Pain management strategy worksheet and activity


It’s been a while since I directly posted on practical pain management strategies that can be used as part of activity.  A while ago I developed an activity to use with our pain management programme that involves identifying the skills you might use during three common activities.  I’ve uploaded it here for you to use. Be aware that the photographs are from Google images, so are both of variable quality and some may be copyright.

The way you can use this activity is to ask the person to match the title to the definition of the coping strategy (and yes, there are a lot of debates about the definitions so they are by no means definitive!).  You could ask the person to talk you through the strategies he or she uses, or you could use it during assessment as a means of identifying coping resources the person already has, or could develop.  The three common activities (grocery shopping, going out to a restaurant or bar, gardening) were selected because these three are the sort of things people describe as being difficult and often avoided or carried out with difficulty.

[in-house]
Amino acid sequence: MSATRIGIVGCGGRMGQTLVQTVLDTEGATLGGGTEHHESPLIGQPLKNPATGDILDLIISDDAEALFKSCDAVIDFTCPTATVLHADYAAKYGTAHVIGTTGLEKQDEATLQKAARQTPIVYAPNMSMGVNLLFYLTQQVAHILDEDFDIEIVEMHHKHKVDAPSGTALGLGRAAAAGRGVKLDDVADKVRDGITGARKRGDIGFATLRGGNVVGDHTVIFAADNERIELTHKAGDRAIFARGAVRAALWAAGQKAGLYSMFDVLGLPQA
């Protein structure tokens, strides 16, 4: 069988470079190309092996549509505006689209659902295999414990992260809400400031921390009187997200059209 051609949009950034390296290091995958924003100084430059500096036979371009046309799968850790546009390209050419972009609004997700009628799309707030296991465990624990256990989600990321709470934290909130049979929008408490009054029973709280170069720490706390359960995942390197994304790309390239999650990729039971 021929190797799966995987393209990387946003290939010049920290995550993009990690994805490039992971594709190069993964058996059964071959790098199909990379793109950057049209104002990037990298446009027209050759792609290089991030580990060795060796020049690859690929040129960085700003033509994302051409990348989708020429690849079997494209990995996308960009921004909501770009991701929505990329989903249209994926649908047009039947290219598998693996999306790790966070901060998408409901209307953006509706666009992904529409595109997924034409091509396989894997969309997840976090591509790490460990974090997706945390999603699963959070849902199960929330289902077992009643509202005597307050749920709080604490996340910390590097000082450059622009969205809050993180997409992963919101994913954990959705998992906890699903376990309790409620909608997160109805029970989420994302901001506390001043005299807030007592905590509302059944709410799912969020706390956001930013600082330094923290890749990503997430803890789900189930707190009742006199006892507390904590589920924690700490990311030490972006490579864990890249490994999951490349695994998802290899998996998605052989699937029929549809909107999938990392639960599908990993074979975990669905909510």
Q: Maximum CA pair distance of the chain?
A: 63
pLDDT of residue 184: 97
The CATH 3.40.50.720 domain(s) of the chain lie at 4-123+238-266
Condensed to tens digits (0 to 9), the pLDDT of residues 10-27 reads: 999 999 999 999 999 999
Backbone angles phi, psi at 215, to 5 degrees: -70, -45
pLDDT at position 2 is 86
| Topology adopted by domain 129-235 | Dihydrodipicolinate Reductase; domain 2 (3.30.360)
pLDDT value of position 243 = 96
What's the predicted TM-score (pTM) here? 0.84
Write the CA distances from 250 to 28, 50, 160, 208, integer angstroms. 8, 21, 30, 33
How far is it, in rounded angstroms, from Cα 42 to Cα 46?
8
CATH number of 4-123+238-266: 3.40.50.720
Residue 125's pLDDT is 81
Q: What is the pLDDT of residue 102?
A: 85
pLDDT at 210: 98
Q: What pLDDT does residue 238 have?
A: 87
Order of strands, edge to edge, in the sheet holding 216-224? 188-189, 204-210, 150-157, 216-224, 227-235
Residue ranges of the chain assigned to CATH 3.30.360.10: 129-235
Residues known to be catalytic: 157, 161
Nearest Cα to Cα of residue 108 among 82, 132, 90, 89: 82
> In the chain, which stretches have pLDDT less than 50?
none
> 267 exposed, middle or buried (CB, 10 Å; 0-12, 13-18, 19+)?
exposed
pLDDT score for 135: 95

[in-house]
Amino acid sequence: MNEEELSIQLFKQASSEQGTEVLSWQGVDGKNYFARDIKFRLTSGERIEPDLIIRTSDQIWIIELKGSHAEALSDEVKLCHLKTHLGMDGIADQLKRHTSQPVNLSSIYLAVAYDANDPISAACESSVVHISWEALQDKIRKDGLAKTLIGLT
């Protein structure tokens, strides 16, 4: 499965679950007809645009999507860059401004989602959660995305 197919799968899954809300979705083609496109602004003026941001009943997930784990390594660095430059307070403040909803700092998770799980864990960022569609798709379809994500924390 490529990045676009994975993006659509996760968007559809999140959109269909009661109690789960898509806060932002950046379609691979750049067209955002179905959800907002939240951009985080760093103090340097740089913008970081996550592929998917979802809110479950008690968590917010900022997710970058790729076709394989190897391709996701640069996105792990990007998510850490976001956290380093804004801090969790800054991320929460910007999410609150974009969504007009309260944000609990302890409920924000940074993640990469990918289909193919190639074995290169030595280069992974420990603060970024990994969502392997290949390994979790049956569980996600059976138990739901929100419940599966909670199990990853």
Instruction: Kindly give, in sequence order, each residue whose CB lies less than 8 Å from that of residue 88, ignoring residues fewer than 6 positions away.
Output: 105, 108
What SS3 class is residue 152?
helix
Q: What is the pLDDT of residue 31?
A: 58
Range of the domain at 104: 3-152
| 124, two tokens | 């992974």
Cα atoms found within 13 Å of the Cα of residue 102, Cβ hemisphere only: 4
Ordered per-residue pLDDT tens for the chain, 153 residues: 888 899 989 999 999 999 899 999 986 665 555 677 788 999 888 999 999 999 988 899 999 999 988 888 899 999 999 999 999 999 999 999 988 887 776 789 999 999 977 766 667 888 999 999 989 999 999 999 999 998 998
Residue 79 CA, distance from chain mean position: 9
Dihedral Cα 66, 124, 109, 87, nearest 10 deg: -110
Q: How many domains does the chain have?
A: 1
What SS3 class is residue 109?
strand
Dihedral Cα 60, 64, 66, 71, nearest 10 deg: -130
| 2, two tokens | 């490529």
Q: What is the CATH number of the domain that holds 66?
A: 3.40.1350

The person can then work through the definitions and place them on the activities to show which strategies they may use – or perhaps the ones that are not so easy to use.

I found this is an activity that less ‘pen and paper’ people can do because it involves less writing, and it opens discussion up because people who would ordinarily not be talkative have something to occupy their hands while talking.  It’s quite a useful activity particularly for practical people, or people who are more kinaesthetic in their mode of learning.

If you wanted to make it more challenging, you could put in a few red herrings – definitions that are less helpful (like rest, avoid, use pain as a guide etc), and use these as a discussion point too.

I hope you enjoy this worksheet – let me know if you do use it, and any modifications you make!

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One comment

  1. I like what you have here. It is a simple activity that I believe can help people better absorb the concepts of these healthy strategies. I work in an outpatient addiction program, so the slide about going out for a drink wouldn’t be used. The other activities seem quite relevant and would be thought provoking for our chronic pain clients that need to focus on building a better collection of tools for pain management.

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